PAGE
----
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Education Is a Discipline

We’ve been discussing the three words Charlotte Mason used to describe her approach to education: Education is an Atmosphere, a Discipline, a Life. The past three posts explored how the ideas that rule your life as a parent affect the atmosphere of your home. If you would like to, you can review that aspect of Education Is . . .

Today let’s talk a little about how Education is a Discipline.

Jan sighed. “We have to wait on my daughter for everything. She takes twice as long as the rest of us to get dressed every morning. If we have an appointment to get to, I have to allow an extra half hour for her to get to the van. And don’t even get me started on schoolwork! An assignment that should take her fifteen minutes will stretch into at least an hour. I’m at my wit’s end!”

Charlotte’s counsel to Jan would be a gentle reminder that “Education is a discipline.” By “discipline” Charlotte meant the importance of cultivating good habits in our children — habits that they would then continue into their adult lives. In fact, she likened these good habits to railroad tracks that parents can lay down in their children’s lives, allowing the child to run on them smoothly into the future with little thought or effort.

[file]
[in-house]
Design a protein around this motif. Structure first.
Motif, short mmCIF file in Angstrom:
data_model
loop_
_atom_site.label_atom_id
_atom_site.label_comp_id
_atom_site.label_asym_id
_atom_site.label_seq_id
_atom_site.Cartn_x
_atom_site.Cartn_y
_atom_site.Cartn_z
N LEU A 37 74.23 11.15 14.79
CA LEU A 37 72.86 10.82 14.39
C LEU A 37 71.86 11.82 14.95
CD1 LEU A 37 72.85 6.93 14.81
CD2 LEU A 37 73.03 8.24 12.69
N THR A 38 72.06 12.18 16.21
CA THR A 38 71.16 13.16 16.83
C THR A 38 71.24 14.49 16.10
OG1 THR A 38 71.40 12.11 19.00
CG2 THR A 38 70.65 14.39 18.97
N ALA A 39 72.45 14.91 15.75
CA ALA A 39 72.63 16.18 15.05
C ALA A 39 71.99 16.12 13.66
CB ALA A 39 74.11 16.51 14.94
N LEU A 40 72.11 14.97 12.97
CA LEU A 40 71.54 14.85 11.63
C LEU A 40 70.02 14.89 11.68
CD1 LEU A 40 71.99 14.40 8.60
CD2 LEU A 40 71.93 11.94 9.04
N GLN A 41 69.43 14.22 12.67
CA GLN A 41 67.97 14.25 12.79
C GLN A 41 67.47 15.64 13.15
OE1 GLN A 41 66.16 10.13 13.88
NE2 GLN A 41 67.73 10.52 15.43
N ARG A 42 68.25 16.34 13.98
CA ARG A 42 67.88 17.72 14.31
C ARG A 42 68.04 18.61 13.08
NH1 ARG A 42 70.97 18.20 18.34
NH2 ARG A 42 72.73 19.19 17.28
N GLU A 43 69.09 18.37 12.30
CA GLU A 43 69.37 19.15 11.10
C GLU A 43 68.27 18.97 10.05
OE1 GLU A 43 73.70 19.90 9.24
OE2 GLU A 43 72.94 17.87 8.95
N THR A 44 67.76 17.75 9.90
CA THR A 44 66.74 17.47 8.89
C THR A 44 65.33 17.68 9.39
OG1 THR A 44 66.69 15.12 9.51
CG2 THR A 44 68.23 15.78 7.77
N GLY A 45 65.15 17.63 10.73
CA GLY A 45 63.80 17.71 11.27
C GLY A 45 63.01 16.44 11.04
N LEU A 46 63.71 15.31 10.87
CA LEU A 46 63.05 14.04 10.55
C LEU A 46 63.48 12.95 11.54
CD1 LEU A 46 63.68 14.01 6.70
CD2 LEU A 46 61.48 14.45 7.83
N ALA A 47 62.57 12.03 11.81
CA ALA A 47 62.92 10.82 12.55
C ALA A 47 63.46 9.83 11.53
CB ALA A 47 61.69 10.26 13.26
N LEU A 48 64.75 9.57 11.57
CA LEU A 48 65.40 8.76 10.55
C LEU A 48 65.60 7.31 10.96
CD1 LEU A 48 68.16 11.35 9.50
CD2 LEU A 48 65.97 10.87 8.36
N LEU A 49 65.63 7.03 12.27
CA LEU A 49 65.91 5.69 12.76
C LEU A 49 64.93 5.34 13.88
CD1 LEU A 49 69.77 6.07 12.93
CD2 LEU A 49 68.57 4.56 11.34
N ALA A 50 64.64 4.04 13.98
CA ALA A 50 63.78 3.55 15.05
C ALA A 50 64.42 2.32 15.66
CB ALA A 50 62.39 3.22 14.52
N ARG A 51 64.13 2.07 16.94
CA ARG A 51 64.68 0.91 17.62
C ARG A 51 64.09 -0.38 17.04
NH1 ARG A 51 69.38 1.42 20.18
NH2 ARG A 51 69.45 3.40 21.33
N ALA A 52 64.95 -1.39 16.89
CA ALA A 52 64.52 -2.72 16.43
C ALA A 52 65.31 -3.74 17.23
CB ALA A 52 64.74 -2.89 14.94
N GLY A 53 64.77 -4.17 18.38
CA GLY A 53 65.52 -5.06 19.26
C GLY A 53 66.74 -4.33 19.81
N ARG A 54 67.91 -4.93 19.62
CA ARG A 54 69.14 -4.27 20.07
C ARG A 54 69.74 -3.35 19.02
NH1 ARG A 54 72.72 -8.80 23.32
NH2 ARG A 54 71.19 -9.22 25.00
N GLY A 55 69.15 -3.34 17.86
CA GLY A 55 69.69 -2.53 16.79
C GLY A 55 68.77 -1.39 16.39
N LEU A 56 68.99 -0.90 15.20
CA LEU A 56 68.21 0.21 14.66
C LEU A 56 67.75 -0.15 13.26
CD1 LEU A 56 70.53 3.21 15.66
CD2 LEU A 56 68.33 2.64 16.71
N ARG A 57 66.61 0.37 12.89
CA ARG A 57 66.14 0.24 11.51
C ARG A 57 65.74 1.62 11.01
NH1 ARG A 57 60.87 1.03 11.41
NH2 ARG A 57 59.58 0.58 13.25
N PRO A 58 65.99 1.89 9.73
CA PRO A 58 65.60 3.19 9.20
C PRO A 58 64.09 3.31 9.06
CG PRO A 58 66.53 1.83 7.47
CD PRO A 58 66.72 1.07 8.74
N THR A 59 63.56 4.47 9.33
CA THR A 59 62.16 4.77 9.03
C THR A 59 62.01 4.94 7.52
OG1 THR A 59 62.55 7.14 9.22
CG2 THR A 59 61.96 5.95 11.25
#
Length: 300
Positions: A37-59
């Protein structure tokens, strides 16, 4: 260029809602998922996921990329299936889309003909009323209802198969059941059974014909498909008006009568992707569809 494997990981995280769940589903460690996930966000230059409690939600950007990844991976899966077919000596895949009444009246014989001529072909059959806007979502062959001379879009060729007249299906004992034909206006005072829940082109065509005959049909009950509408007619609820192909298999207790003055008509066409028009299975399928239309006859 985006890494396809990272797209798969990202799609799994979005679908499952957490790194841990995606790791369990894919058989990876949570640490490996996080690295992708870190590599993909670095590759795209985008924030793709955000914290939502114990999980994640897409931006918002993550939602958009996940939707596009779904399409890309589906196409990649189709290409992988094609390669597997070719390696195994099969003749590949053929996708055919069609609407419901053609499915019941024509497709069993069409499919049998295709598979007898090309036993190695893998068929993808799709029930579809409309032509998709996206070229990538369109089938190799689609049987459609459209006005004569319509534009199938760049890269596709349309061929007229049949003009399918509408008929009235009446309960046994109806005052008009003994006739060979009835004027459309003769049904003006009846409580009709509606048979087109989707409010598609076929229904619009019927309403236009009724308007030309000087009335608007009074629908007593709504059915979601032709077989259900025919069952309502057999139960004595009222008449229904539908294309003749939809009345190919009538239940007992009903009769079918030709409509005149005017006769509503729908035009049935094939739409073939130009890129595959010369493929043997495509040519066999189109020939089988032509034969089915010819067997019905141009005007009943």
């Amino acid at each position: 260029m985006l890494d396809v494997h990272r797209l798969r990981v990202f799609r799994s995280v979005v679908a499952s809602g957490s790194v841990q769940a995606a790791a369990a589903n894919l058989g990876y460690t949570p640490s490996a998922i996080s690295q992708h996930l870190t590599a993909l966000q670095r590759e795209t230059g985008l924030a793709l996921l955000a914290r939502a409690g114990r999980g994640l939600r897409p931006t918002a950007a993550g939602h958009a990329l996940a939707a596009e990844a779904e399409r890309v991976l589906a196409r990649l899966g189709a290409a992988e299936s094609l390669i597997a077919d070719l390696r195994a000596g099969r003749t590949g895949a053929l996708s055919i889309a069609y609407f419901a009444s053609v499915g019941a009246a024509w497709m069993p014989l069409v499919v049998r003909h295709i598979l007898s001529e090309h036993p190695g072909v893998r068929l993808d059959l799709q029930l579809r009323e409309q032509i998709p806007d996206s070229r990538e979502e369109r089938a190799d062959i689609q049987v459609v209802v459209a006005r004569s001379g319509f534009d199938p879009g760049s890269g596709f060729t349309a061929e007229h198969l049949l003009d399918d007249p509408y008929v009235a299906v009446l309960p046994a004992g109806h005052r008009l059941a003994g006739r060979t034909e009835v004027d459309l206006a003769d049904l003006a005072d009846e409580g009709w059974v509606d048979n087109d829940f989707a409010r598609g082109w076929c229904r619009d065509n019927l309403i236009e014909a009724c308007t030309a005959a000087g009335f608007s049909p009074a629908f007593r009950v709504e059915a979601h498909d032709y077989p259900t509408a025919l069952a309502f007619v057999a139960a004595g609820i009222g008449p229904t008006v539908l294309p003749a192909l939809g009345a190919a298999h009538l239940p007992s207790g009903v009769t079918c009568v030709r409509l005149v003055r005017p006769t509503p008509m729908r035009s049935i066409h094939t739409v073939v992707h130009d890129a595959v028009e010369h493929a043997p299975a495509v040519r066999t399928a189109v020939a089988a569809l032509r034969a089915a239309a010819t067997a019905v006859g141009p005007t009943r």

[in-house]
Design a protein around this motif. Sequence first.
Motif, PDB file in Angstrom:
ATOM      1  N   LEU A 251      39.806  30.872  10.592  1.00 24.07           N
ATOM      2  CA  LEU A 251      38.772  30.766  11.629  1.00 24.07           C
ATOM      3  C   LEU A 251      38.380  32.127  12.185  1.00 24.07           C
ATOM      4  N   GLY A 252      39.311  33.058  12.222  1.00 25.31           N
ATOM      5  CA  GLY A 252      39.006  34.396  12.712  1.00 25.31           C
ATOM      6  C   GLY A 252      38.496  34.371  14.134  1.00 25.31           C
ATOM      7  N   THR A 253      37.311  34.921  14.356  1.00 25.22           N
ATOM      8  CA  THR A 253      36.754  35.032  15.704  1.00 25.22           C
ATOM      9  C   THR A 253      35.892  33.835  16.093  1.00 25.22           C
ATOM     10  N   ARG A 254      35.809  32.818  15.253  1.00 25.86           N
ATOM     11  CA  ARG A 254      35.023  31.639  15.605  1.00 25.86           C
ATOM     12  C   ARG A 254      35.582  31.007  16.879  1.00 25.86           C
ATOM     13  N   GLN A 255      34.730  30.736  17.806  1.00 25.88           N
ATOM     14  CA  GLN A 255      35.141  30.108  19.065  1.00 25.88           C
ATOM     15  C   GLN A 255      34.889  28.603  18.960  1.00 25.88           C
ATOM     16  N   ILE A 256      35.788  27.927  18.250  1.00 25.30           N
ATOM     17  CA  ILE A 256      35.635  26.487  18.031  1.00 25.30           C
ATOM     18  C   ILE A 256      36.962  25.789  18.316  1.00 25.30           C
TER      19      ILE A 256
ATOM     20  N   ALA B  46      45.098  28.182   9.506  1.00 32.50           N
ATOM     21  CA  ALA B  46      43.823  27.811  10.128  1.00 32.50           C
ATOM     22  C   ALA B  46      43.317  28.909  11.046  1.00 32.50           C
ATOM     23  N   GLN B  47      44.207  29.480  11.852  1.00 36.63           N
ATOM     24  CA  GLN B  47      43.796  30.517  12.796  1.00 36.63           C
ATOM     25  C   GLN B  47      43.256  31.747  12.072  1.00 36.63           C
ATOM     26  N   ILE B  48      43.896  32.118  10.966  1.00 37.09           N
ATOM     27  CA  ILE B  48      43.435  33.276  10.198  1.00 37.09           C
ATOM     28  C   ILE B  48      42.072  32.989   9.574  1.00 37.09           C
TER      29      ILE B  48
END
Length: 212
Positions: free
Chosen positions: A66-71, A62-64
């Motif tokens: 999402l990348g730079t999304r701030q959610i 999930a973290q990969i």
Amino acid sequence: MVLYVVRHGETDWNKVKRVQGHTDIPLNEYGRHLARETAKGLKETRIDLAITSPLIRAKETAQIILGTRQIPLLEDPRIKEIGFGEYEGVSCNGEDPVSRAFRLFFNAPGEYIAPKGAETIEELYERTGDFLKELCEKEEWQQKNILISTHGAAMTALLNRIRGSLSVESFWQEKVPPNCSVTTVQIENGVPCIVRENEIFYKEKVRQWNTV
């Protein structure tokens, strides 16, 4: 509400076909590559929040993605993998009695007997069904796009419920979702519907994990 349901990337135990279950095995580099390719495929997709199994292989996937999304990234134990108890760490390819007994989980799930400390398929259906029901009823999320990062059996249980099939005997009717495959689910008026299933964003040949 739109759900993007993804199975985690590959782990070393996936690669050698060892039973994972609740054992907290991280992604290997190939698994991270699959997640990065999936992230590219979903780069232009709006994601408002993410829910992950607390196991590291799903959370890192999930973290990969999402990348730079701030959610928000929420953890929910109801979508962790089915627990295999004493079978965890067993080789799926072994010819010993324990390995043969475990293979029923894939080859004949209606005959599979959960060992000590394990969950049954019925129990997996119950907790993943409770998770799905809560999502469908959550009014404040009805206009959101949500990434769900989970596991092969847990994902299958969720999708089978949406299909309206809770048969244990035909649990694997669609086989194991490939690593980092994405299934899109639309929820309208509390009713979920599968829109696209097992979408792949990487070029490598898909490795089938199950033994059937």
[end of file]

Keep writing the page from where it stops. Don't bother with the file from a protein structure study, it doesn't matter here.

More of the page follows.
When we think of good habits, we usually think of training our children to make their beds and brush their teeth. But Charlotte maintained that the same principle we use to train a child in one of those habits could be applied to training a child to give full attention, to tell the truth, or to look for ways to be helpful. Habits don’t have to be restricted to chores. Habits can be powerful tools in shaping your child’s character.

Somehow we don’t equate “character” with “habit.” But the saying is true, “Sow a thought, reap an action; sow an action, reap a habit; sow a habit, reap a character.” Charlotte challenged parents to apply that principle to building moral habits (like self-control, good use of time, and personal initiative), mental habits (like logical thinking, memorizing, and observing), physical habits (like fortitude and self-restraint in indulgences), and even religious habits (like regular devotions, thanksgiving, and thought of God) in their children’s lives. You can read about the habits she mentioned here in our previous series on habits.

Jan’s trouble is that her daughter has developed the bad habit of dawdling. Just think how your home life would be different if your children developed the good habit of giving full attention the first time you said something or the habit of obeying the first time you told them to do something. Yes, it is possible! But it takes discipline on our part.

Now, you may not usually couple “summer” together with “discipline” in your mind; but trust me, this season might be the perfect time to focus on cultivating a good habit within your child that will make life smoother for him and for you come next fall. So think about one habit that you might want to concentrate on, and we’ll talk about five ways to cultivate good habits next time.

Those of you who selected one habit to work on back during our series on habits earlier this year, I’d love to hear your story. Has that trait or skill become a habit now? What were the most challenging moments? Let me know!

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2 Responses to “Education Is a Discipline”